Objectives: To estimate the incidence and sequelae of Haemophilus influenzae type b disease (Hib) in the Australian population, and to evaluate the costs and outcomes of a vaccination program using the vaccine PRP-OMP at two, four and 12 months. Design: The evaluation was based on a decision analytic model developed by Merck Sharp and Dohme (Australia) Pty Ltd, to predict the number of children who would contract Hib, and suffer mild or severe sequelae or die as a result. The state of health of a cohort of children was modelled each month over a five-year period. A survey of medical records and interviews with parents of children who contracted meningitis in Western Australia from 1984-1990 was undertaken to provide data on the extent and costs of sequelae. Results: The incidence of Hib among non-Aboriginal Australians under five years of age was estimated as 53 per 100 000, and 460 per 100 000 among Aborigines. In a single year at least 630 children may contract Hib, up to 19 may die, and a further 46 may have neurological damage, this being severe in up to 18 children. The number of deaths could be reduced by 17 per year and a further 25 cases of severe and 16 cases of mild disability could be averted. At a price of $20 per dose, and a 5% discount rate, the expected cost per year of life extended by a vaccination program is $3148. When adjusted for the increased number of years without neurological impairment, the incremental cost per quality adjusted life year (QALY) is $1965. Compared with a single vaccine at 18 months, the incremental cost per additional QALY gained is $5047. A separate analysis of the Aboriginal population showed that the proposed vaccination program would be of significant benefit, leading to a saving of resources.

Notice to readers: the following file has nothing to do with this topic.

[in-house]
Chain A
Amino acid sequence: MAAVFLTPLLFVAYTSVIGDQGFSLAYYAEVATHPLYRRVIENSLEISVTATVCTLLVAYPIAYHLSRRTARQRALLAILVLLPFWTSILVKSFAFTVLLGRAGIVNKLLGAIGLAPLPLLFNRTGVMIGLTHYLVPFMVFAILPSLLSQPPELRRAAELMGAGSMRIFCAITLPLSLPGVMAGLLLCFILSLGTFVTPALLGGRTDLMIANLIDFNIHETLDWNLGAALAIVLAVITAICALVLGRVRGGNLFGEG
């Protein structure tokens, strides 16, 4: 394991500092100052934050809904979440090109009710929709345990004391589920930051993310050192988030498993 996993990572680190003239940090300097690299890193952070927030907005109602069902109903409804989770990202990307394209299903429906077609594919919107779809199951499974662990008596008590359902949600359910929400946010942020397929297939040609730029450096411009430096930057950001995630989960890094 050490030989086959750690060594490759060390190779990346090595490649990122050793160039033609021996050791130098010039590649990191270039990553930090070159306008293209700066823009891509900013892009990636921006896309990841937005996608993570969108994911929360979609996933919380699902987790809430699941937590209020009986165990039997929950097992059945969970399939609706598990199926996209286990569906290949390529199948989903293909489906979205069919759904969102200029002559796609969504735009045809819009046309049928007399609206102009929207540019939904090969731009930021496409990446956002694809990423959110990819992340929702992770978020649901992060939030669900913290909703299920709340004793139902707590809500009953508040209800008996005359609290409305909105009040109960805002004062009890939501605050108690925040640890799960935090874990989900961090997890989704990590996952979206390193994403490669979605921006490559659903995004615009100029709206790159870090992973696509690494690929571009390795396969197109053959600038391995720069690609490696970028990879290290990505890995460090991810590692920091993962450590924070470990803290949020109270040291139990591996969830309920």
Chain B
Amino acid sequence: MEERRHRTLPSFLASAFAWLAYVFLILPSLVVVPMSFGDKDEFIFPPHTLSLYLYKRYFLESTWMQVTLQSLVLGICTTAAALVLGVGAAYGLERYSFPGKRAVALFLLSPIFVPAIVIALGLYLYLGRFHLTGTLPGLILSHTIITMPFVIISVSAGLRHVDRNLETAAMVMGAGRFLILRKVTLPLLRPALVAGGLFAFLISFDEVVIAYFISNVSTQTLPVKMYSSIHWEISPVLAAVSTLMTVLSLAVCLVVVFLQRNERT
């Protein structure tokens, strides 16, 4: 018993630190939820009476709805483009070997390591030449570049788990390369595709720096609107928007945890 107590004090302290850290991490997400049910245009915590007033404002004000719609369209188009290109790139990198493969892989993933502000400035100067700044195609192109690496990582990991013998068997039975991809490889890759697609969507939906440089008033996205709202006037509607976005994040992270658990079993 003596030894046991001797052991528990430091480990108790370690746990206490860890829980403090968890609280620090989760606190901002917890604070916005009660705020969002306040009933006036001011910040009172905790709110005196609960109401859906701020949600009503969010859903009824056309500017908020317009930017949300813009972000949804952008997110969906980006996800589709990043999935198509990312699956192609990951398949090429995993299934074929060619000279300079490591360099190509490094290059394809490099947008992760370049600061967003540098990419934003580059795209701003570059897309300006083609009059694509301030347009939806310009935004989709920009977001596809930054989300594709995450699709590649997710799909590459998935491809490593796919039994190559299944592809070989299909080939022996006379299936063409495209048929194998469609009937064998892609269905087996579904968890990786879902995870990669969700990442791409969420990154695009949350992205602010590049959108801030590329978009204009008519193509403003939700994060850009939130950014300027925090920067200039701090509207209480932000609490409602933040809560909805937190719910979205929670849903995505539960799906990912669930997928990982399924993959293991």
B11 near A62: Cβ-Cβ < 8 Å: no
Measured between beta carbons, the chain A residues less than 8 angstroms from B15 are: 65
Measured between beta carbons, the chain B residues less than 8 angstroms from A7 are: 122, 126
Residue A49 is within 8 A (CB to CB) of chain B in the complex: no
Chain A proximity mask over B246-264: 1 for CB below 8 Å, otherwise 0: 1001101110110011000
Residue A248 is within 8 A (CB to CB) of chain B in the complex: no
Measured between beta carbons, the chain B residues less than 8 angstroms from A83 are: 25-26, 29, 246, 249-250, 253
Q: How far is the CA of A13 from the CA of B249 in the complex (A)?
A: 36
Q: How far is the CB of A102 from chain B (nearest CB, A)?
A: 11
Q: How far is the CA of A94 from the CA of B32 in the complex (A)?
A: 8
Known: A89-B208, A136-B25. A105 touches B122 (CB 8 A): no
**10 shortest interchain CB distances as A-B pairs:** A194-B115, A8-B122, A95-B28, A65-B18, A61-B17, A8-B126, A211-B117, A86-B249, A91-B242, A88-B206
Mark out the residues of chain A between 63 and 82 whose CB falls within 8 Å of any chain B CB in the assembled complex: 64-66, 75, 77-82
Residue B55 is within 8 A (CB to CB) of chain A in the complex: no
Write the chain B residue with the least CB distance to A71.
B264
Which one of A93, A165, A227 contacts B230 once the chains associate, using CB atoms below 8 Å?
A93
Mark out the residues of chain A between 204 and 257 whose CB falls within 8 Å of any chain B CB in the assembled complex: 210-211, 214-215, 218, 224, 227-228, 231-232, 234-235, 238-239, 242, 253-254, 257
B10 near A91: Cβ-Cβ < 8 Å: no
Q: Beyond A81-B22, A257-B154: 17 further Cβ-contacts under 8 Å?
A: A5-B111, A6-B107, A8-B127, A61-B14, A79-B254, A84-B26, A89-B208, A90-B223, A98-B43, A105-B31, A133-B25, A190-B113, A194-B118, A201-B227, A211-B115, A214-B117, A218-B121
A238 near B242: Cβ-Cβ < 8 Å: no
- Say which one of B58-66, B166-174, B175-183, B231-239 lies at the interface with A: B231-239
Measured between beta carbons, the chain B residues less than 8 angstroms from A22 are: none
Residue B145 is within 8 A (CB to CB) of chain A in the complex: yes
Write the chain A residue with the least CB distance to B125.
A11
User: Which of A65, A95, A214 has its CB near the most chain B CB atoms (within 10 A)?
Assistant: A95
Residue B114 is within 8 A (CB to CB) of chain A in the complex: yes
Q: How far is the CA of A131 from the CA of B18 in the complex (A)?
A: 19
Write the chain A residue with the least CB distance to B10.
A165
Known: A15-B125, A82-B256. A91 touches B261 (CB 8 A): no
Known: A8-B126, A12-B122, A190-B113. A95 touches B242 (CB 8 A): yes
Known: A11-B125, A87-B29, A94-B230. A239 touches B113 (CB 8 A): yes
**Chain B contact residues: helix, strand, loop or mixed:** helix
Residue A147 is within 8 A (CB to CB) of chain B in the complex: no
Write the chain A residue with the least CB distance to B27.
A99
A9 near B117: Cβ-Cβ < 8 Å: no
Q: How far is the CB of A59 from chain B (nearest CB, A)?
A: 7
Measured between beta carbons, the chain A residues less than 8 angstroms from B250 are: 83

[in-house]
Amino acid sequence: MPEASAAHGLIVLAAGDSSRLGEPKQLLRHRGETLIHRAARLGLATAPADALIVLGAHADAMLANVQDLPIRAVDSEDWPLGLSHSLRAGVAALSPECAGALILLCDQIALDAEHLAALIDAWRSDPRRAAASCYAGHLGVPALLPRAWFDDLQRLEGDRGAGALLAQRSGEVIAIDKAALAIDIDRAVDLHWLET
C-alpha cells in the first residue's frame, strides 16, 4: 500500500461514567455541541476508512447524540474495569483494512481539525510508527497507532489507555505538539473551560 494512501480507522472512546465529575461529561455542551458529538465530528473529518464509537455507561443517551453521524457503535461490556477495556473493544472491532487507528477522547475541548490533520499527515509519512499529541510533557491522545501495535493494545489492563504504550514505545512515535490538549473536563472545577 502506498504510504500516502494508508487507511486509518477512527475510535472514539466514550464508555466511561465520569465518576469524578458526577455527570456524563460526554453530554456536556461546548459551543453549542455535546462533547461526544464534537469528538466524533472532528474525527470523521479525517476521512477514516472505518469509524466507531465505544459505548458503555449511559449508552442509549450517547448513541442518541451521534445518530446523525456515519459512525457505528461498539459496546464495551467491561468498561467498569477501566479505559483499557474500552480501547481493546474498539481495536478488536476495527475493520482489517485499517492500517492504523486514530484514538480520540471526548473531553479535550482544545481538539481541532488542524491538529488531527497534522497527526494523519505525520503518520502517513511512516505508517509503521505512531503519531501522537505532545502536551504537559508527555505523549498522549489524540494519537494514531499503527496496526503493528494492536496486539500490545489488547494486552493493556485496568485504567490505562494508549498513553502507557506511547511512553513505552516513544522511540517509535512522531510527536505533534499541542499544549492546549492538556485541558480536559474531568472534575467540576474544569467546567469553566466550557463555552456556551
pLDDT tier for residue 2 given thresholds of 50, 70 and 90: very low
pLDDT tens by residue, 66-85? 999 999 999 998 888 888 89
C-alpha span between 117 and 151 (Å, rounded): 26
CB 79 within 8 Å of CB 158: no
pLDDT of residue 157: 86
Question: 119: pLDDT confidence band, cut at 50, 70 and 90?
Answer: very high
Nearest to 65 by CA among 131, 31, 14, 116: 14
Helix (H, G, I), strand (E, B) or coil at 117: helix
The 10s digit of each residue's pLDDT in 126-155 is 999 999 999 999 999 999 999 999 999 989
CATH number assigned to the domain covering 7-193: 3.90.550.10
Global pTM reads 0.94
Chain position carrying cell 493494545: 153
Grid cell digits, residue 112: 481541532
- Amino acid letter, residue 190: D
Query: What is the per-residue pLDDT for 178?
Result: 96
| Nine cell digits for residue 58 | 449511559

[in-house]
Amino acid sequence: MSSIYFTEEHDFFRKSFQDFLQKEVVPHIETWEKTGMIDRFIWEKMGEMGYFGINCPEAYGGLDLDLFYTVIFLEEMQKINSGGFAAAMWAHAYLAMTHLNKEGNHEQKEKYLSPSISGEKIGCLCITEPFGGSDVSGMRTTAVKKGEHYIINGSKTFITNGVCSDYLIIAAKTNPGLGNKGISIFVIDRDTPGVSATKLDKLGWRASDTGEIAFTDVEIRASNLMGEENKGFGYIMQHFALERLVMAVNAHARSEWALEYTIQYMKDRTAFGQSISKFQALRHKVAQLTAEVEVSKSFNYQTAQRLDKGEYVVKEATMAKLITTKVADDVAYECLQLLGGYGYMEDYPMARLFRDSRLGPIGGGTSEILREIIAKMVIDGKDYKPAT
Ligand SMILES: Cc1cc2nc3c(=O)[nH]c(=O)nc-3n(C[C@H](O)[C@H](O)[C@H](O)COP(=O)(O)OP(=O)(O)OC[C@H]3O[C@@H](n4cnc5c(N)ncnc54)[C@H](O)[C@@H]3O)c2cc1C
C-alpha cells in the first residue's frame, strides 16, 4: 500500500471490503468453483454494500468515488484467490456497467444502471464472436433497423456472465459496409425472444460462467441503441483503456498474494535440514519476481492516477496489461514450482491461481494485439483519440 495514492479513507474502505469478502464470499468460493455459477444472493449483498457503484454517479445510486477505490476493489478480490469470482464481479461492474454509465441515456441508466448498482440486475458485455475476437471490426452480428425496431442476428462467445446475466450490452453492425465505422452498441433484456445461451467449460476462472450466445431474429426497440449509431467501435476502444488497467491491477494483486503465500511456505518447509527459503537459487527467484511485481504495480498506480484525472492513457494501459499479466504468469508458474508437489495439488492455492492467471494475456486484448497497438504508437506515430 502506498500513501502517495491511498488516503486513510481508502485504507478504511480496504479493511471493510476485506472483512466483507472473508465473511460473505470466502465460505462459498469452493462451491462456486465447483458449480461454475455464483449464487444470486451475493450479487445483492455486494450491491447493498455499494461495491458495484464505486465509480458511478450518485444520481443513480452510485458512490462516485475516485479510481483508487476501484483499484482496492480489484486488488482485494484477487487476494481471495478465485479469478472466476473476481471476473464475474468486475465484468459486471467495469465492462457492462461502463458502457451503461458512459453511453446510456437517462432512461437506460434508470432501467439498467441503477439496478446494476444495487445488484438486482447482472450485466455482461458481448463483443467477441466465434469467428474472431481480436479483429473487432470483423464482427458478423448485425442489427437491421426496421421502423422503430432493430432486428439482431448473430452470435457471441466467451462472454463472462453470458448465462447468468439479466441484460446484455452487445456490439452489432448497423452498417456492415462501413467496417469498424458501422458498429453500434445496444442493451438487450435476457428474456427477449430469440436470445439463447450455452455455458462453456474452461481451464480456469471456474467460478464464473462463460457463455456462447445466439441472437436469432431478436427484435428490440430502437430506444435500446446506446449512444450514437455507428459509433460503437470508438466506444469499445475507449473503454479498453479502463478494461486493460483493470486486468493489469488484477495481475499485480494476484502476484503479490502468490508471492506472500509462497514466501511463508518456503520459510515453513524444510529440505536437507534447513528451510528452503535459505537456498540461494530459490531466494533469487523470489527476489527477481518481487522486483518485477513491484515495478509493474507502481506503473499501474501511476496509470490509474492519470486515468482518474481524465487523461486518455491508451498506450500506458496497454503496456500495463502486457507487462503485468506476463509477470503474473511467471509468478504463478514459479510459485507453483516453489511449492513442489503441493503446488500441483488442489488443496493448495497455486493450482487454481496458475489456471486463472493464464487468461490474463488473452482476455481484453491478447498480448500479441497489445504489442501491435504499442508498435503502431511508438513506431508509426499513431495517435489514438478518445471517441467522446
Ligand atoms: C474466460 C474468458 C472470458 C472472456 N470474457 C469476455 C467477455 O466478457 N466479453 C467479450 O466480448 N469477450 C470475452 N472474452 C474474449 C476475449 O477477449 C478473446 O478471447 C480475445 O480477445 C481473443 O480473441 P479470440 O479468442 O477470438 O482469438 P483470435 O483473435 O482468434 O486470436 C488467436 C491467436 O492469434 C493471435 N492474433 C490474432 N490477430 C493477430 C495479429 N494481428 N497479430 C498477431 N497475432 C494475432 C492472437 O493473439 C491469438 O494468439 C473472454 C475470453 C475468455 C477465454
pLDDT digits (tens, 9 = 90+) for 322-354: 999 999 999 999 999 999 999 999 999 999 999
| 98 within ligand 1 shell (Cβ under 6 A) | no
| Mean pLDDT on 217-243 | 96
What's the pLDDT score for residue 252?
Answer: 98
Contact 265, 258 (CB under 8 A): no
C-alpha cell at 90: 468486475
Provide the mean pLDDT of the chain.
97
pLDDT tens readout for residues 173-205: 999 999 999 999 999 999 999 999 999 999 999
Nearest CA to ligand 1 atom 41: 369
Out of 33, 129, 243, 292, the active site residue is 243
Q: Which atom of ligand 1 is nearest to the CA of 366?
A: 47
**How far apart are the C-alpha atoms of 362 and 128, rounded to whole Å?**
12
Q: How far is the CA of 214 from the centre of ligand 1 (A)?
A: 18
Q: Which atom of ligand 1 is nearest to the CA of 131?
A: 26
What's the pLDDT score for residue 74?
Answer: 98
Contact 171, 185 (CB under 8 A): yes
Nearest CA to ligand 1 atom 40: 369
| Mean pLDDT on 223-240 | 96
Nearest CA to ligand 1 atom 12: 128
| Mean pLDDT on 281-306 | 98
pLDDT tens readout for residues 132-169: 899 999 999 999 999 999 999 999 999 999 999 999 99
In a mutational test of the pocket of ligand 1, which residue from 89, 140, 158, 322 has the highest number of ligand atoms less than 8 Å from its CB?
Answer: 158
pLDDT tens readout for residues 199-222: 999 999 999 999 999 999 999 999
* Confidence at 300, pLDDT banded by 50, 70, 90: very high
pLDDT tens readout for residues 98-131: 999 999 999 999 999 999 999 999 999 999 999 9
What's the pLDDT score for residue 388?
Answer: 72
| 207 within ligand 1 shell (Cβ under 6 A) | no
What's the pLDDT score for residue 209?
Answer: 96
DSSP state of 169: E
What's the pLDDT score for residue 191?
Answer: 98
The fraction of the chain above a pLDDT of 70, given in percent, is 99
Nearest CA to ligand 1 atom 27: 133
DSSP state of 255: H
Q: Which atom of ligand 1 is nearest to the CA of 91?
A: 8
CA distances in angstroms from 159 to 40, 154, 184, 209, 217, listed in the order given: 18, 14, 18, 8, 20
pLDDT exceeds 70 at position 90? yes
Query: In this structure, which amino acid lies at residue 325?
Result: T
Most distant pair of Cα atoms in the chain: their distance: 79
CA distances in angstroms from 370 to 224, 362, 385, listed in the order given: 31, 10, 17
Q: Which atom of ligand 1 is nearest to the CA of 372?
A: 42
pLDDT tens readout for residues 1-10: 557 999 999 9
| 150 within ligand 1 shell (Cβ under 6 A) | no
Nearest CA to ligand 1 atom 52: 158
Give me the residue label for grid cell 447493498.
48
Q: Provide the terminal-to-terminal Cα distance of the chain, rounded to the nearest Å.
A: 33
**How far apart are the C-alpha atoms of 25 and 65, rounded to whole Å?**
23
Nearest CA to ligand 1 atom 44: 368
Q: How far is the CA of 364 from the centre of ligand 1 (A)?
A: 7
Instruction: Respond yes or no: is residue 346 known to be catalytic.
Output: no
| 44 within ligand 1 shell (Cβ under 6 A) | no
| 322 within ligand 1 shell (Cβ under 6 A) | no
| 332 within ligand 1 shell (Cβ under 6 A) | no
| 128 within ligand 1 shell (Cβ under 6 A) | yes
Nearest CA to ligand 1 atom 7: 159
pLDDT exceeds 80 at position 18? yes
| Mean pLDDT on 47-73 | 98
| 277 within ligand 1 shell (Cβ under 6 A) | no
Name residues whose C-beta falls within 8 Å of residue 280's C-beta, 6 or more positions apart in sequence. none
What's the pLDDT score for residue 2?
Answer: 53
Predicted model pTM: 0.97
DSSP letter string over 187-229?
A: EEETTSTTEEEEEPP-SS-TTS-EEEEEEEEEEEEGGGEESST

|Number of pages||6|
|Journal||The Medical Journal of Australia|
|Publication status||Published - 1 Jan 1994|